The dollar has quietly been strengthening since it bottomed out in September. The WSJ Dollar Index has risen almost 8%. So far, exports have held up with the added benefit of cheaper import prices tamping down inflationary pressures. Perhaps this is why the Fed has remained quiet about Japan’s attempts to devalue the yen.
Not everyone is happy about the Bank of Japan’s monetary policy. South Korea recently lowered its own interest rate, and the Japanese seem likely to encounter resistance to the policy at this weekend’s G-7 meeting. Now that the yen has broken through the magical 100 barrier, it looks ready to run.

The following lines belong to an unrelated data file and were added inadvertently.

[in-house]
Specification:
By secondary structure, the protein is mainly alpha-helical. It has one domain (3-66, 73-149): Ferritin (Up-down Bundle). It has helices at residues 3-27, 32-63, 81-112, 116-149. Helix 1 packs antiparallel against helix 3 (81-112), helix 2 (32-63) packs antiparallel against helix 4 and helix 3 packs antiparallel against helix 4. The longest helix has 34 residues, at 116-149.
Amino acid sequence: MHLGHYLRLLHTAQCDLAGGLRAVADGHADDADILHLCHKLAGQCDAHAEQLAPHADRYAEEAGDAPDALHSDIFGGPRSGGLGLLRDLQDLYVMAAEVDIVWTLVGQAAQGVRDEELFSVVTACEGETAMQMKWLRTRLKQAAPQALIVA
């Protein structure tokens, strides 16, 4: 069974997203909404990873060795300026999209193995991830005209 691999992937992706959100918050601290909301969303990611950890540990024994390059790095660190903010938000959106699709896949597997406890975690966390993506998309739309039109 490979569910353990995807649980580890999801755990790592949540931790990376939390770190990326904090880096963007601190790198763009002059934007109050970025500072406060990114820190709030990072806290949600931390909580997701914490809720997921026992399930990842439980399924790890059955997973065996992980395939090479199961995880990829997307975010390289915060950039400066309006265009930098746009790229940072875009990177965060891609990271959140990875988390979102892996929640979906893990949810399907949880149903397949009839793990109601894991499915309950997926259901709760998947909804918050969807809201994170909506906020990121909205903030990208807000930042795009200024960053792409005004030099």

The last three times that margin debt has outgrown the S&P500, it signaled a correction. With the world central banks simultaneously easing, it’s anyone’s guess what will happen next.
The Fed will not decrease bond purchases. If anything, the organization is laying the groundwork to increase purchases to $100bn per month. Look for a Hilsenrath article laying out the case soon. It will note that inflation remains low and the job market remains weak, so the Fed has more room to act.
And if you seriously believe that the Fed will end this program, then examine the chart above and see what happens when the Fed ceases bond purchases.
I don’t know what the problem is here. Inflation remains low in both countries, and unemployment continues to decrease despite the strengthening currency. Aussies, Kiwis: just be thankful you’re not in the eurozone.